December 1, 2007 / 4:16 AM / 10 years ago

Enbridge sees full recovery from pipe blast in days

NEW YORK (Reuters) - Enbridge Inc expects the rest of its huge Canada-to-U.S. crude pipeline system to return to normal within a “matter of days” after an explosion rocked a Minnesota section of the line on Wednesday, killing two workers.

Three of the four lines in the system, which accounts for more than 10 percent of U.S. crude oil imports, had already restarted with the last of them expected to return by early next week, a spokesman said.

“At the moment, we anticipate Line 3 will be back over the weekend or early next week,” said Enbridge spokesman Larry Springer. “It will be a matter of days.” Enbridge had said on Thursday that Line 3 would be shut for two or three days.

Springer said the system was running at 80 percent rates on Friday morning and he added that U.S. federal pipeline regulators had not requested Enbridge slow operations during an investigation into the blast.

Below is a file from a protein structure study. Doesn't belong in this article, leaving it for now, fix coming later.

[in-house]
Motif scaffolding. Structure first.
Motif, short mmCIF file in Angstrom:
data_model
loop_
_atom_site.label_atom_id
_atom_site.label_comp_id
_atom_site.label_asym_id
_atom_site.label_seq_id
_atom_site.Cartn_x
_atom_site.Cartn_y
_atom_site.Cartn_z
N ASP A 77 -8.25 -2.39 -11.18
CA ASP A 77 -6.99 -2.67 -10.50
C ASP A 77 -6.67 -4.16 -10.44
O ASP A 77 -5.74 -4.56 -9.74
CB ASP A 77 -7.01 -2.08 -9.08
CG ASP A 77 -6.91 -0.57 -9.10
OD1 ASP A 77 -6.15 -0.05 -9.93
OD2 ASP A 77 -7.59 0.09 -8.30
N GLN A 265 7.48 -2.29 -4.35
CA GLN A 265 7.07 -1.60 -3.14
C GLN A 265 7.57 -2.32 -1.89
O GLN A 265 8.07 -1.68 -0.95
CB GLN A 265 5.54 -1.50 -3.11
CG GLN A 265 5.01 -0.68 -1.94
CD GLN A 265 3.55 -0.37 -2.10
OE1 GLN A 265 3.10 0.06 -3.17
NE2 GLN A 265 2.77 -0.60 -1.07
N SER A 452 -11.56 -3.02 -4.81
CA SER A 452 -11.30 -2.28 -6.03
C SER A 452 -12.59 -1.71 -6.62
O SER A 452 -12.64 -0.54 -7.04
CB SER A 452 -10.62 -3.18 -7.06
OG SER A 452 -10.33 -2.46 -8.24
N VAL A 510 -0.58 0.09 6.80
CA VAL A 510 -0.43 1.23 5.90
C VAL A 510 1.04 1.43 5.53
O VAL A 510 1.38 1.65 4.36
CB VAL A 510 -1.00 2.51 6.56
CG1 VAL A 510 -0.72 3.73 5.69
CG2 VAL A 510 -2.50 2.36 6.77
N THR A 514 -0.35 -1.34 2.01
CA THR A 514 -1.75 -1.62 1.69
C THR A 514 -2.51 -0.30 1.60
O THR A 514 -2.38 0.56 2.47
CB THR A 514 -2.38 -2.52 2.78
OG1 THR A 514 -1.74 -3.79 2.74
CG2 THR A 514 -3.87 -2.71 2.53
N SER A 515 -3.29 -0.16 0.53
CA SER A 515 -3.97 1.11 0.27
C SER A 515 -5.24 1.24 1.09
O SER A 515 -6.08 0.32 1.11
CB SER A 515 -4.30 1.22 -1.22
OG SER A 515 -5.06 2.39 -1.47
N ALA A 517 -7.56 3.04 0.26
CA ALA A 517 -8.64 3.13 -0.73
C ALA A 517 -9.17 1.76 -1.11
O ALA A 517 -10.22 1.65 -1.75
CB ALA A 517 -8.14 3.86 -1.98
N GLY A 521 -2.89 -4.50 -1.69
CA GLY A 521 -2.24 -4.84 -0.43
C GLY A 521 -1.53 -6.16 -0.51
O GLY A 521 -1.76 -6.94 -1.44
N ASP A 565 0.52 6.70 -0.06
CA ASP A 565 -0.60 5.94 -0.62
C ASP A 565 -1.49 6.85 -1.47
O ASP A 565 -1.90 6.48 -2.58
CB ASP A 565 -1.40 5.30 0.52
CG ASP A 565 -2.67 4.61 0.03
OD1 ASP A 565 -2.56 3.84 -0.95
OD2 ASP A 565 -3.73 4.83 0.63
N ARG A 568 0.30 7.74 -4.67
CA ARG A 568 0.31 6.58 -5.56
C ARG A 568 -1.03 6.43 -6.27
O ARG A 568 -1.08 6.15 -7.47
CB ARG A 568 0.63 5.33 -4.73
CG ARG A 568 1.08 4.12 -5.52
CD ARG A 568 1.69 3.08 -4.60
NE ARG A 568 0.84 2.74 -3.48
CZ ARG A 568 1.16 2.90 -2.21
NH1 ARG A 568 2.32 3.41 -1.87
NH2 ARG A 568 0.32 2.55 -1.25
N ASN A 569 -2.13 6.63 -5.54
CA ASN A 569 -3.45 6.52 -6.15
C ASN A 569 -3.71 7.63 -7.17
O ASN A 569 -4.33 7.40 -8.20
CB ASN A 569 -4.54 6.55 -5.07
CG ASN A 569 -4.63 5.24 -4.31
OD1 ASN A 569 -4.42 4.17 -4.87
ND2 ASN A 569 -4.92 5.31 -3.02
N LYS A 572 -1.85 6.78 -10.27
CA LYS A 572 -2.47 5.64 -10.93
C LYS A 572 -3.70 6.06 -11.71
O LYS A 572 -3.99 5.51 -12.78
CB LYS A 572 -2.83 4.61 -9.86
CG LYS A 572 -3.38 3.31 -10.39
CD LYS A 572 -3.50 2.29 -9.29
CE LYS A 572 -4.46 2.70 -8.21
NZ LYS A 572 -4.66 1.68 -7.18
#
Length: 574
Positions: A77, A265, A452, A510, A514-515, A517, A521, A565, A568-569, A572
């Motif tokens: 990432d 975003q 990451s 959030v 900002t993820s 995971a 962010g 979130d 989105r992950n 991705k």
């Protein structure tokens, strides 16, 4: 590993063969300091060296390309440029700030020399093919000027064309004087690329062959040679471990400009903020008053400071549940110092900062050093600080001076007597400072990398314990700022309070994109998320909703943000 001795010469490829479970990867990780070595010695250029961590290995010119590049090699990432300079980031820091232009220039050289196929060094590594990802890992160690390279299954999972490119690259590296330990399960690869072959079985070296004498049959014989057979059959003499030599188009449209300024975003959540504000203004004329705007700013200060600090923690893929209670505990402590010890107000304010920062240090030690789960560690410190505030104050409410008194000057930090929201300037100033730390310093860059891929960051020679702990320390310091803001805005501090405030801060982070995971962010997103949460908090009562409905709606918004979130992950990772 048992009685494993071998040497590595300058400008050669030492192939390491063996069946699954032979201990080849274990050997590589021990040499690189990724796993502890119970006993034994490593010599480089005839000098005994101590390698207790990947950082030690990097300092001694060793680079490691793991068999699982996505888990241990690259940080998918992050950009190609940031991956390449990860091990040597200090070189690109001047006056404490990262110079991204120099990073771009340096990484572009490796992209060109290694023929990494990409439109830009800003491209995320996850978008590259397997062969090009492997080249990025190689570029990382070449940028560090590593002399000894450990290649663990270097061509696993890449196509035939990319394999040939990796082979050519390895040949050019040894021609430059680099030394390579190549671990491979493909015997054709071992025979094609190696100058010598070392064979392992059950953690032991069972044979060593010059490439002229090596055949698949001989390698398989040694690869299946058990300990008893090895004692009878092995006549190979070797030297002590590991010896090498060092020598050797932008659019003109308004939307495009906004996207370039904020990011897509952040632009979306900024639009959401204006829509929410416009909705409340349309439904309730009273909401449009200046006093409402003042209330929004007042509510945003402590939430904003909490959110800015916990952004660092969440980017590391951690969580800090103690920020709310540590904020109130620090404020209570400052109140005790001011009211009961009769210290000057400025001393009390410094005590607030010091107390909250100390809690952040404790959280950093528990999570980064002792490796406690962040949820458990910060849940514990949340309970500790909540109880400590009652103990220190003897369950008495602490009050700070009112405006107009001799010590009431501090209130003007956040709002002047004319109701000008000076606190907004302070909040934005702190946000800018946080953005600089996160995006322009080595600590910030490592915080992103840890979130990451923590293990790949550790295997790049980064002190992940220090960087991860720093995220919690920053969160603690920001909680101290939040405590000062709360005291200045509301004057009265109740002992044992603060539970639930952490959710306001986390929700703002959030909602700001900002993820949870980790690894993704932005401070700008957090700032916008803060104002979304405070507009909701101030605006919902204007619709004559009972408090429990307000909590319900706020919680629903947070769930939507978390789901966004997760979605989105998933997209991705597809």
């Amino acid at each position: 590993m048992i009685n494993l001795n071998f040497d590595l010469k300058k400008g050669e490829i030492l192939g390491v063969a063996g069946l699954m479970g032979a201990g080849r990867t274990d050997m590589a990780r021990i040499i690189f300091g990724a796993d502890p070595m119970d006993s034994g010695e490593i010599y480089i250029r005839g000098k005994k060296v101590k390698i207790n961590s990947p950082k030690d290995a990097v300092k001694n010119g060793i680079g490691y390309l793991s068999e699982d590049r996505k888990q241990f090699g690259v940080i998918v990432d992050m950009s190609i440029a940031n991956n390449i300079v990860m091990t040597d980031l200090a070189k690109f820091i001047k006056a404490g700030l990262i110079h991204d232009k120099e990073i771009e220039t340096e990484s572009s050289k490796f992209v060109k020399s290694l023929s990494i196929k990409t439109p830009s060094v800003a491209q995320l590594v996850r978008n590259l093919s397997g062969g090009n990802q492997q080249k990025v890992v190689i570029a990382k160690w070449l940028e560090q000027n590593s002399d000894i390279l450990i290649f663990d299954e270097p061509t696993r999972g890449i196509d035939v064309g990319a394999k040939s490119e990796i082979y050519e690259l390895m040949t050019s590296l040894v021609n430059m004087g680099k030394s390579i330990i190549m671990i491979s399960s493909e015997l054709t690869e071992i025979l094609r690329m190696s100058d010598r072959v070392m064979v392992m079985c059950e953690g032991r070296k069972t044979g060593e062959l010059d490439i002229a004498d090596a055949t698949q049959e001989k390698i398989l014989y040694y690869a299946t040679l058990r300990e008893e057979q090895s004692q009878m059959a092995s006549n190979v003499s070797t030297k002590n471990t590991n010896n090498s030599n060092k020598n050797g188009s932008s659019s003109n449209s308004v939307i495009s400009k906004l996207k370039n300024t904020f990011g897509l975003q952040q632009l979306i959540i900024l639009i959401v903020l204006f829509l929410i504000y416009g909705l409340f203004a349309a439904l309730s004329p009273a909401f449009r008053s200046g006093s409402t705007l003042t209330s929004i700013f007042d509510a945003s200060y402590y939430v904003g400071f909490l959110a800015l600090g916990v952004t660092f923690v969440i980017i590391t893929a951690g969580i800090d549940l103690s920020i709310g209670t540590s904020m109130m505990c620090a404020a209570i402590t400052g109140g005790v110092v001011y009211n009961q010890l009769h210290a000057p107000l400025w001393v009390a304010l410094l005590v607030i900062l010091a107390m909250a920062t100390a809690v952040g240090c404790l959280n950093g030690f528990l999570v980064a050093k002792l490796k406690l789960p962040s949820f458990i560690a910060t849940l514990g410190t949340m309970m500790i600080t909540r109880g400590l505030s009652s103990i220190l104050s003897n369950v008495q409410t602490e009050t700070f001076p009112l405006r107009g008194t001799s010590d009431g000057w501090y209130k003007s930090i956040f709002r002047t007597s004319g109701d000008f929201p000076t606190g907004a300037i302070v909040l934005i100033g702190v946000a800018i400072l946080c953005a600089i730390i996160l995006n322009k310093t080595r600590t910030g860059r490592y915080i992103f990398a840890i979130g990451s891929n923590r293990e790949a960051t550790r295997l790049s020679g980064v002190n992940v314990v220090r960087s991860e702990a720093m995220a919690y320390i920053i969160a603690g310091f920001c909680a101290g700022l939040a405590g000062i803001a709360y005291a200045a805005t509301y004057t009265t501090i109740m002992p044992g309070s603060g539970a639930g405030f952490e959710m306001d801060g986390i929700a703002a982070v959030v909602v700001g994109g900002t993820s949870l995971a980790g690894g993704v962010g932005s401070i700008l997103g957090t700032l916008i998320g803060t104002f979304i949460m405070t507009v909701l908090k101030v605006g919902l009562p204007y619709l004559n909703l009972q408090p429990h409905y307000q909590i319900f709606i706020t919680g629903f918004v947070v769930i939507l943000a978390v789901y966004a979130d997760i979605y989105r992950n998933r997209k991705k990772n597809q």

U.S. crude oil prices, which had briefly surged more than $4 Thursday on the news, slumped to a one-month low Friday of $87.54 per barrel on Enbridge’s speedy recovery.

“We went from almost losing Canada to having the thing fixed in a day,” said John Kilduff, energy analyst at MF Global in New York.

The explosion struck Line 3 in Clearbrook, Minnesota, Wednesday afternoon during repair work, killing two workers and briefly forcing the entire system to shut.

Springer said workers were still cleaning up the accident site and inspecting the damaged line, which was under repairs when the explosion occurred.

“The next step will be to remove the section of the pipe they were initially trying to remove. That may occur today,” Springer said. “Then we will proceed with replacing a section of the pipe and once that’s done we can bring it back.”

The accident comes after four other leaks on the Enbridge system this year.

The pipeline system can carry 1.8 million barrels of Canadian crude per day. Enbridge said in November only about 1.2 million bpd of that ends up in the U.S. market with the rest continuing into eastern Canada.

Reporting by Richard Valdmanis; Editing by John Picinich

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